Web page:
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Старый 05.03.2007, 23:13   #11
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Регистрация: 15.12.2006
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Parallels Desktop for Mac

Уязвимость позволяет локальному пользователю обойти некоторые ограничения безопасности.

Уязвимость существует из-за того, что Drag-and-Drop функционал в VM (виртуальной машине) реализован через общие папки с доступом на запись и чтение к основной системе. Злоумышленник может внедрить злонамеренное ПО на виртуальную машину и получить доступ к файлам основной системы.

кому интересно то вот :
Last week I accidentally discovered a vulnerability in default
installations of Parallels that allows manipulation of the host
operating system when it's OS X, leading to code execution. Parallels
just changed their default options in the latest release to reduce
the chances of this attack, but it's still possible if the user
deliberately enables drag and drop throughout the entire file system.

Last Friday Brian Krebs emailed me when he noticed his entire host OS
file system being shared with the guest OS (OS X host, Windows
guest). According to the Parallels forums, this was a known issue. By
default, Parallels Desktop for Mac enabled Drag and Drop for guest
operating systems. This creates a file share called .psf, which
allows complete access to the host with the user's current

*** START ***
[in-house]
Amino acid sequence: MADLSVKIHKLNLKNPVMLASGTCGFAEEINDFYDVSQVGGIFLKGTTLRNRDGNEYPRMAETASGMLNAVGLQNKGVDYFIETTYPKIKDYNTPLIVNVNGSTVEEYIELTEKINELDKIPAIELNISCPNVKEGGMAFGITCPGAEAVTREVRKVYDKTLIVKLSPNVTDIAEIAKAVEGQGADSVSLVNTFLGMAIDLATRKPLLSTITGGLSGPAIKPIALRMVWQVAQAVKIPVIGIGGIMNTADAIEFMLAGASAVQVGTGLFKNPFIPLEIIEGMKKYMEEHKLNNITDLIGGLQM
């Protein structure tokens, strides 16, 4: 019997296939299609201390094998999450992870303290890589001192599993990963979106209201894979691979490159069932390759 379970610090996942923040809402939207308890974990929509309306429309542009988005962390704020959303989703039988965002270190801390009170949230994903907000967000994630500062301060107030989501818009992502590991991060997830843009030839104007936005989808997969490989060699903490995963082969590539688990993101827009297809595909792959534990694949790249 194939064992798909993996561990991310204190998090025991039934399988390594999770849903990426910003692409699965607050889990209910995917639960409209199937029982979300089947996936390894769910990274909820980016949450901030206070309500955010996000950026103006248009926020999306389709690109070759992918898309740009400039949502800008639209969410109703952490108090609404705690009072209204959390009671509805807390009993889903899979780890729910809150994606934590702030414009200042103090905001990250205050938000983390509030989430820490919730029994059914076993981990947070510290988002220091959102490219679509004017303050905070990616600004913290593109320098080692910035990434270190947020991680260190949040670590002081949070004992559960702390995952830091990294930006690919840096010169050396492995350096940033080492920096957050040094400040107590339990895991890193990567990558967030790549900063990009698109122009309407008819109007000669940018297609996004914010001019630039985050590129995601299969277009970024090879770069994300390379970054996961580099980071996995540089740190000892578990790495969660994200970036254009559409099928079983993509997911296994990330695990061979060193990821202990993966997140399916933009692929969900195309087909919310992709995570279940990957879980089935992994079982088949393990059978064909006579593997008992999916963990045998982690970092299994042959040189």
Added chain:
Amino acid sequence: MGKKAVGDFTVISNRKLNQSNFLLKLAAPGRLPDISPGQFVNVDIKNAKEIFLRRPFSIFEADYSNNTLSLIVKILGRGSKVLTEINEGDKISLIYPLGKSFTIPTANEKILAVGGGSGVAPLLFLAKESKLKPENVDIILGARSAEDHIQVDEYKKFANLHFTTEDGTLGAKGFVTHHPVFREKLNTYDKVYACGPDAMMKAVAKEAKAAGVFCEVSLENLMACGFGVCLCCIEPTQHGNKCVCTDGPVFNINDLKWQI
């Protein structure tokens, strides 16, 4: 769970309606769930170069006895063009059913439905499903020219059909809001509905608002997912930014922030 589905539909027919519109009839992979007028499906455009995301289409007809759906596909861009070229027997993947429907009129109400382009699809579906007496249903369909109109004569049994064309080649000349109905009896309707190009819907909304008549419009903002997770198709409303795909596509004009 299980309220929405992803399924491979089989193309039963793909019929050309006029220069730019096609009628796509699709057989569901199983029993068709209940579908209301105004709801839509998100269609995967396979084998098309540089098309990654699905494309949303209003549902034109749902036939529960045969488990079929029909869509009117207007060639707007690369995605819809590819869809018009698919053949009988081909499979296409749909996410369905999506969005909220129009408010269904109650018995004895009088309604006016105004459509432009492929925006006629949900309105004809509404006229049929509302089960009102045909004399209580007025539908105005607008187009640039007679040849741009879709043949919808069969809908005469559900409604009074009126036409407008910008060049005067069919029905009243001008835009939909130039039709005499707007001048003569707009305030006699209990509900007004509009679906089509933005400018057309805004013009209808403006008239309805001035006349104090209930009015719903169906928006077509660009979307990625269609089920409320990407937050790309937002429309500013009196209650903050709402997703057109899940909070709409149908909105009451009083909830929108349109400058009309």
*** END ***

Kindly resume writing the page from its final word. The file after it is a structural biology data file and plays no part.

permissions level.

But just dropping an application into /Applications doesn't allow
execution- I didn't track down why, but I think only read and write
were enabled.

After poking around I figured out that code execution, of a sort, is
possible through manipulation of launchd (the OS X cron and other job

My first attempt was to create a launchd job and place it into
SystemDaemons, but that failed. There's no way to sudo between the
guest and host, so even if you're an admin user, you can't hit
certain directories.

But I was able to create a job (just a plist file, xml) and drop it
into the active user's LaunchAgents directory. Log out, log back in,
and the job executes.

Launchd is very flexible, allowing execution based on time or user
events, and can include arguments. At the end of this email is the
text of the job I used, if you want to test this yourself. If just
launches TextEdit.app at 6pm.

I reported this to Parallels last Friday, had a call with senior
management Tuesday, and they released a version with better drag and
drop security today. Instead of being a default option, the first
time a user attempts to drag and drop they're prompted to enable the
feature, and given the option to only enable it for the desktop.
While you can still enable it throughout the host file system, that's
no longer the default, and there's now a more secure way to drag and

Because of the power of launchd, I suspect there are a variety of
ways to use this to execute arbitrary malicious code, without needing
full admin rights or having to sudo.

Due to the naming convention of file shares between guest and host,
it would be trivial to create a Windows binary that could detect it
was running in a virtual machine with file sharing enabled, then move
the files over to the host OS to execute the attack. I strongly
suspect attacks like this are possible across multiple virtualization
products that enable file sharing, especially full system volume
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